- In a time of high uncertainty, the need for scalable, coordinated and collective action is more urgent than ever.
- Members of the Forum of Young Global Leaders are disrupting the status quo with big ideas to drive systemic change in times of crisis.
- Learn more about the impact of Young Global Leaders around the world.
The COVID-19 pandemic has exposed and exacerbated existing inequity, injustice and vulnerability across the world. To date, many individuals, communities and organizations continue to navigate this health crisis while trying to manage its unmeasurable socio-economic consequences.
In addition to the pandemic disruption, the many technological advancements and fast-paced change is challenging humankind to learn and evolve at speeds never experienced before. Furthermore, more than any other previous generation, today’s leaders have a much better understanding of how their actions will impact our collective future.
This has presented us with a unique opportunity to rethink the way we do things and challenge the status quo. It is time for leaders to respond and pave the way for a sustainable and inclusive recovery.
Every year since 2005, the Forum of Young Global Leaders (YGL) selects a diverse cohort of promising leaders to accelerate their impact and shape a more inclusive and sustainable future.
During the 2021 YGL Annual Summit, global leaders from different sectors, backgrounds and locations pitched their “Big Ideas” to tackle existing issues and called on their peers to scale their impact and create lasting change. As we work to build back better, these leaders identified “out of the box” priorities to ensure effective post-pandemic recovery plans and secure a better future for current and future generations.
The impacts of the COVID-19 pandemic and accelerating automation are intensifying the need for the promotion of “good work”. This year marks the 10th anniversary of the World Day for Decent Work (WDDW), highlighting renewed pressure on governments to put decent work at the centre of actions to bring back economic growth and build a new global economy that puts people first.
The rise of remote work has created more flexibility for many people. Some 83% of companies say that they will offer more opportunities to work remotely because of COVID-19. But work-life boundaries have blurred and there has been growing concern about the impact of new ways of working on physical and mental health.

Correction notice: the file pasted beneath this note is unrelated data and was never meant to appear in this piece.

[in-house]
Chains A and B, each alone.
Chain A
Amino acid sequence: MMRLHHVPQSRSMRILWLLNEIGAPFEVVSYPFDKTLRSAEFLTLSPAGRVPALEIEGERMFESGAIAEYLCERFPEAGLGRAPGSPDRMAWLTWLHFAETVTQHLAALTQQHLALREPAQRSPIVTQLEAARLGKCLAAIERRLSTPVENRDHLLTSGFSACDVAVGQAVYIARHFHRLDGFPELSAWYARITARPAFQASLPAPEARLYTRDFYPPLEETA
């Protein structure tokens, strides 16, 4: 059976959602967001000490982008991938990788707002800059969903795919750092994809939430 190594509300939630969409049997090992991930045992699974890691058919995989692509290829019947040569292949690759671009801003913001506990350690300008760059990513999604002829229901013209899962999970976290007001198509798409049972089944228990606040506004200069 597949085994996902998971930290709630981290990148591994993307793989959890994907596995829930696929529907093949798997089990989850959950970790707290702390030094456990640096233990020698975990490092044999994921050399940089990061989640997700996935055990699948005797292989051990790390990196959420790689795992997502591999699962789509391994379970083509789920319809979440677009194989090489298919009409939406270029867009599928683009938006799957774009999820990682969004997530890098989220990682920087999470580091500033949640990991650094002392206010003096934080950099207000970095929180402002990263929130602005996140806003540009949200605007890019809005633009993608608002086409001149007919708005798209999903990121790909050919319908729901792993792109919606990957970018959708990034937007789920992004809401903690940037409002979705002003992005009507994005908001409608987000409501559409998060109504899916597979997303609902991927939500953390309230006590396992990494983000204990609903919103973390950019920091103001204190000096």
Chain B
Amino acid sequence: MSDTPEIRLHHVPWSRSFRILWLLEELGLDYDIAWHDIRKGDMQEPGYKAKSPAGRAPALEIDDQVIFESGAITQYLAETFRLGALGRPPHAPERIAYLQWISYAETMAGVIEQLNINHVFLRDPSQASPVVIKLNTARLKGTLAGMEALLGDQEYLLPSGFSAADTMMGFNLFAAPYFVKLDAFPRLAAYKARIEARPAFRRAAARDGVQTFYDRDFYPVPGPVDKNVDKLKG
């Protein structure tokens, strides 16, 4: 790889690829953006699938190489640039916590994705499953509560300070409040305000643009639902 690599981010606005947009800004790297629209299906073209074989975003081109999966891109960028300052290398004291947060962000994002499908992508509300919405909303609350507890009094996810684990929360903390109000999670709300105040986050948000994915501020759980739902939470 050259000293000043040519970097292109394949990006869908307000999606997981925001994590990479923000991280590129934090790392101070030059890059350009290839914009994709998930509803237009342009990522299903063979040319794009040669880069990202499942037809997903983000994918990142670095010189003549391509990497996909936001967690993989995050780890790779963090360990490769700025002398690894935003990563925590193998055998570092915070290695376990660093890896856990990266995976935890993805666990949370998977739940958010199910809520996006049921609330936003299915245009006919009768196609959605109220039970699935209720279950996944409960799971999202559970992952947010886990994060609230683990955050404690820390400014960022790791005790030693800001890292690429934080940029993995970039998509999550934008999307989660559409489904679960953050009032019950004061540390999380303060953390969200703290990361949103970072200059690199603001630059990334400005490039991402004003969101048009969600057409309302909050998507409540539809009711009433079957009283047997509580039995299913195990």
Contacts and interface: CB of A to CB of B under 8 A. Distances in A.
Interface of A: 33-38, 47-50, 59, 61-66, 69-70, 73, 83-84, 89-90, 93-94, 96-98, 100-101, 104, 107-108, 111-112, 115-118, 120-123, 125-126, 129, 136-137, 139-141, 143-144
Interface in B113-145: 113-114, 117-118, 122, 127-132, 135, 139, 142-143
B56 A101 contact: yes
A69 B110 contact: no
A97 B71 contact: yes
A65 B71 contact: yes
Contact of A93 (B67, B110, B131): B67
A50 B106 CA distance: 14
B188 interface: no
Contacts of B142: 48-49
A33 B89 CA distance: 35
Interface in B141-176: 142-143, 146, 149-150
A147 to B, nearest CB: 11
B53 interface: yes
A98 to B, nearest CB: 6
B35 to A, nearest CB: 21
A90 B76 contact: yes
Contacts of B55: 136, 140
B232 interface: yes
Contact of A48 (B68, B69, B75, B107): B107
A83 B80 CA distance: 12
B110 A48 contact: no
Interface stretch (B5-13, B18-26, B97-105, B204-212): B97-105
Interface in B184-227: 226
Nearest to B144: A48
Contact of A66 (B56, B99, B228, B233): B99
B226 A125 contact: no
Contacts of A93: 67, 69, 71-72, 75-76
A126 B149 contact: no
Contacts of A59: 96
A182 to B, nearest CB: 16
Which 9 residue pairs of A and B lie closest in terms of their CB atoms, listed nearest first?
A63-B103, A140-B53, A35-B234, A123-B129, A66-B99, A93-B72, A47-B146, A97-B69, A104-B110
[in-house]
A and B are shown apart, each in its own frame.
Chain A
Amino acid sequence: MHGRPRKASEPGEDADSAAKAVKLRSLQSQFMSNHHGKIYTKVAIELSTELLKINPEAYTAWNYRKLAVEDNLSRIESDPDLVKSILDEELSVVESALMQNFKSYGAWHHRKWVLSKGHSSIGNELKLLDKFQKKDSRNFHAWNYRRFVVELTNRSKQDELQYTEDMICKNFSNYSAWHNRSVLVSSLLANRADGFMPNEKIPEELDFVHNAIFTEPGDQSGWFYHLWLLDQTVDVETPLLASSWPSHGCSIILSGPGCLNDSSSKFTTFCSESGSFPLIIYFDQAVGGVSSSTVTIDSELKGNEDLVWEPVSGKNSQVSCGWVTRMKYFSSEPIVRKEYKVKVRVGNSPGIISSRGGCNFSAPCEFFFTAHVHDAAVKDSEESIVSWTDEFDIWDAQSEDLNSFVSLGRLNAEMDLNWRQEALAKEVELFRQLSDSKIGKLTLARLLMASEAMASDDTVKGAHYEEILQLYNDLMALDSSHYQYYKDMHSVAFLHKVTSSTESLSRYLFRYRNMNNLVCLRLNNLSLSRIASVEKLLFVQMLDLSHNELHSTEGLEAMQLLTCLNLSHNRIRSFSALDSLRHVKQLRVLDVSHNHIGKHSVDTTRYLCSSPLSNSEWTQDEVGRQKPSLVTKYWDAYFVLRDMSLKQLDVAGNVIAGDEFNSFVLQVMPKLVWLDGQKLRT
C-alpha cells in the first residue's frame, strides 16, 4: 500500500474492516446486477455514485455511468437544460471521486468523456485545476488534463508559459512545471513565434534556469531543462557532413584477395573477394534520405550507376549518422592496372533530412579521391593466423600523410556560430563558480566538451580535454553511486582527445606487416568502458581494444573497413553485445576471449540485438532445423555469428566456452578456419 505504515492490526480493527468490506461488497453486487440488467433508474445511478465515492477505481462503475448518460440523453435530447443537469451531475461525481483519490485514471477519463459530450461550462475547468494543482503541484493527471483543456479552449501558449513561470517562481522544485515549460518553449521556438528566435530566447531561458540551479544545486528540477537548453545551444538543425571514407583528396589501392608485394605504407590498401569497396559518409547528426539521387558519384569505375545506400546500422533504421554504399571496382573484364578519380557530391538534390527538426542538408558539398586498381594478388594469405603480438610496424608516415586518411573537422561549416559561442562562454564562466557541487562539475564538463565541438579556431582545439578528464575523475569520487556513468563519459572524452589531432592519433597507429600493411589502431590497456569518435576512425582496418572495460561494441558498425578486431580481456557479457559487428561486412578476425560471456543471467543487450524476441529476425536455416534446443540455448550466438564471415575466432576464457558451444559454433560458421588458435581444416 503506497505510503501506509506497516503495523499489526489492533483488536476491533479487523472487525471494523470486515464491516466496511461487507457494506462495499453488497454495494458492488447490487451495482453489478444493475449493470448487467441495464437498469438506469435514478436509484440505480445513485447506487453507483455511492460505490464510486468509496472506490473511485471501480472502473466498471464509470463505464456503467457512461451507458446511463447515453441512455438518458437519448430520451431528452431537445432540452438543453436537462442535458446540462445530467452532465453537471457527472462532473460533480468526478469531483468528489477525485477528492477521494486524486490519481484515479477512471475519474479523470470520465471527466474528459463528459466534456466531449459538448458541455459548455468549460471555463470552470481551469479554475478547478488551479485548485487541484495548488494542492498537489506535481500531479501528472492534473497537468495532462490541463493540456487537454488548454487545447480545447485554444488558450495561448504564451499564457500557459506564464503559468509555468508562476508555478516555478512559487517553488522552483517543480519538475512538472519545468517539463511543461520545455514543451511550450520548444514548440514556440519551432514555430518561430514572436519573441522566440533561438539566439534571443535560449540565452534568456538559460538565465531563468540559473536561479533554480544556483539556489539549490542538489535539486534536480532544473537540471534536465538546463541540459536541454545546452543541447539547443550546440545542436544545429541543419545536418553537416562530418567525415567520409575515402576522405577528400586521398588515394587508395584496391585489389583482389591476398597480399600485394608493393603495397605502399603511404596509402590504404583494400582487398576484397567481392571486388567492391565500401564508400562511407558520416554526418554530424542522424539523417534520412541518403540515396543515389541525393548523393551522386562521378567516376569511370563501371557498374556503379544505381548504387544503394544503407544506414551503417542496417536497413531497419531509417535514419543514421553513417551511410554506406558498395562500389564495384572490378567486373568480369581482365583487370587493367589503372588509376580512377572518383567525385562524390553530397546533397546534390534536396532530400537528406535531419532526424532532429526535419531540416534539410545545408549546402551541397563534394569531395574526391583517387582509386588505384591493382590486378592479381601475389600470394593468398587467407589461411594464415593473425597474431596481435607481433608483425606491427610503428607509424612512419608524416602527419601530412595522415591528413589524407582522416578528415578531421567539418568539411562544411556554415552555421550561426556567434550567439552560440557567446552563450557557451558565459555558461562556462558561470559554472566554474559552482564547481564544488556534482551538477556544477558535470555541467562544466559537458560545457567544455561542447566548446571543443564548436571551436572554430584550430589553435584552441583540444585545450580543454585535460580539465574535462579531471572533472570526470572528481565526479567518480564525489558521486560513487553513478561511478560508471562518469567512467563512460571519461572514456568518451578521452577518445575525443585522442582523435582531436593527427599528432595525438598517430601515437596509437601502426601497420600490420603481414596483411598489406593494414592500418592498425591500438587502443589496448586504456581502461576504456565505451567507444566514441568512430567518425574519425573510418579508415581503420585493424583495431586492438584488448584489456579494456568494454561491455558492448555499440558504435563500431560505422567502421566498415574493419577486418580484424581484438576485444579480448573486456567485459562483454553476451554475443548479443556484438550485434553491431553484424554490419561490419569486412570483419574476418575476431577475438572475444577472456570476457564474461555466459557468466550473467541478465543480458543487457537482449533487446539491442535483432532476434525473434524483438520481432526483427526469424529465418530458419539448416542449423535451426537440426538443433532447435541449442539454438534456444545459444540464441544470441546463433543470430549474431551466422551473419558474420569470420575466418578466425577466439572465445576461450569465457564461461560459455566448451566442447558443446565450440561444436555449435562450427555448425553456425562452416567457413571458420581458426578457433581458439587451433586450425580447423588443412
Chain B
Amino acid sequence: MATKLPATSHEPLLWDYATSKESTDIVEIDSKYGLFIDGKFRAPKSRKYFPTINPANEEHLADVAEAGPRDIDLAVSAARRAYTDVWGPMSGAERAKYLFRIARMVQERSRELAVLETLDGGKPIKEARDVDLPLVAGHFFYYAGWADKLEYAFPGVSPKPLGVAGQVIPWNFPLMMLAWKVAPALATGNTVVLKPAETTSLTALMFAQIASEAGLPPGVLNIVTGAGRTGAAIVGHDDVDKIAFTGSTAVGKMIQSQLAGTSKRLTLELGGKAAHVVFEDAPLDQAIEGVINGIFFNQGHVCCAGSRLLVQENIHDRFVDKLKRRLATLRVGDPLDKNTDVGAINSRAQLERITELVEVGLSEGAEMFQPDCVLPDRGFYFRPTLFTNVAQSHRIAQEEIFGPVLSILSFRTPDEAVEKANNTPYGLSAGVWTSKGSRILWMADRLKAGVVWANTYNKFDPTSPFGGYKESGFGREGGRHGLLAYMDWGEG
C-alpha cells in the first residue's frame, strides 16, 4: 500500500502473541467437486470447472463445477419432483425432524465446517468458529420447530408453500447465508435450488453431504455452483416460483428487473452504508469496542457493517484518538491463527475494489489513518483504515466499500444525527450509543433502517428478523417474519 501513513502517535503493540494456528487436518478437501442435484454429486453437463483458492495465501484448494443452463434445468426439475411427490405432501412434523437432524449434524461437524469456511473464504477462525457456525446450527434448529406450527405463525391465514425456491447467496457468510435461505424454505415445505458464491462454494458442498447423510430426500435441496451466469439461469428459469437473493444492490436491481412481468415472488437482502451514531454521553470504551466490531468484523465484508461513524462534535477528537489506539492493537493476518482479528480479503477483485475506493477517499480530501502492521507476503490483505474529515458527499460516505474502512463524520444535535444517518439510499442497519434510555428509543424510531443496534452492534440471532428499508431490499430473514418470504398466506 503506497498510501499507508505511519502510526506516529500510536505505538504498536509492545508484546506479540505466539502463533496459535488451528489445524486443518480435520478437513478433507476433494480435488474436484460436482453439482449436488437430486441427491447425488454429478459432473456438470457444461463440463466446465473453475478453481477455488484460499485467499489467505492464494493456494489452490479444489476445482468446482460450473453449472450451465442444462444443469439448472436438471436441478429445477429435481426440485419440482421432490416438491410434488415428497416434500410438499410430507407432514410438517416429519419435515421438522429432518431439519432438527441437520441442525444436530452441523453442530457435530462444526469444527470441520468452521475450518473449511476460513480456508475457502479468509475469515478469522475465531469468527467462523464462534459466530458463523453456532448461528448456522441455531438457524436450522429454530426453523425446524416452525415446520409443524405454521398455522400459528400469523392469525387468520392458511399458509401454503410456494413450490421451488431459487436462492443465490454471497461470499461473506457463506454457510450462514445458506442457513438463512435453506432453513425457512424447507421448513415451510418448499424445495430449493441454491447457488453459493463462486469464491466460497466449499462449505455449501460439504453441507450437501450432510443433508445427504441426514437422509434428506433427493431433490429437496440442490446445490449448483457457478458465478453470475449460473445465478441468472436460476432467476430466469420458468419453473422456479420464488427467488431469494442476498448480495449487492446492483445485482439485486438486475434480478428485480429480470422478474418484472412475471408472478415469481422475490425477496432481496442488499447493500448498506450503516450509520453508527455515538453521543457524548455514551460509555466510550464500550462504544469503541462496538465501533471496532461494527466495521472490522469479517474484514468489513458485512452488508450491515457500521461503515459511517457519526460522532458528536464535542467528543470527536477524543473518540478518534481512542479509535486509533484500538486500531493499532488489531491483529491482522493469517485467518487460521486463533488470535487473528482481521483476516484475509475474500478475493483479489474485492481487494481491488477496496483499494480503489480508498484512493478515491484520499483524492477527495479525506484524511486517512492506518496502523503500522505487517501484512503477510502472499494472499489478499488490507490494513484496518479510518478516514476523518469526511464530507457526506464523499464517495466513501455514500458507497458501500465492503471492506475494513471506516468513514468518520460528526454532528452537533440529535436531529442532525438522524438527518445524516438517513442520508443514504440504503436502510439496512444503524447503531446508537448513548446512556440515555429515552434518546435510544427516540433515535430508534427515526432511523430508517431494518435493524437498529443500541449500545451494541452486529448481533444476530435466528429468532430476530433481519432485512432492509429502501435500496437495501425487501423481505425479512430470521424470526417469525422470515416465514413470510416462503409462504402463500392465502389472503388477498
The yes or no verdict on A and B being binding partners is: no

Automation requires greater efforts on reskilling and upskilling—on average, companies estimate that around 40% of workers will require reskilling of six months or less. The disproportionate impact of the pandemic on women and minorities demands new efforts to advance diversity, equity and inclusion (DEI). Meanwhile, non-standard forms of employment continue to expand, notably in the platform economy, and raise concerns about predictability and security.
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As organizations transition from the COVID-19 crisis into the post-pandemic future of work, there is the potential for considerations around well-being, purpose and new ways of working to come together to create a “new deal” for workers.
A number of leading multinational companies are paving the way through bold commitments in specific areas. These include offering hybrid work arrangements with increased flexibility, large-scale reskilling and upskilling programmes for all employees, comprehensive support for workplace mental health, pushing for their supplies to pay living wages, setting strong targets for gender balance and providing generous parental leave.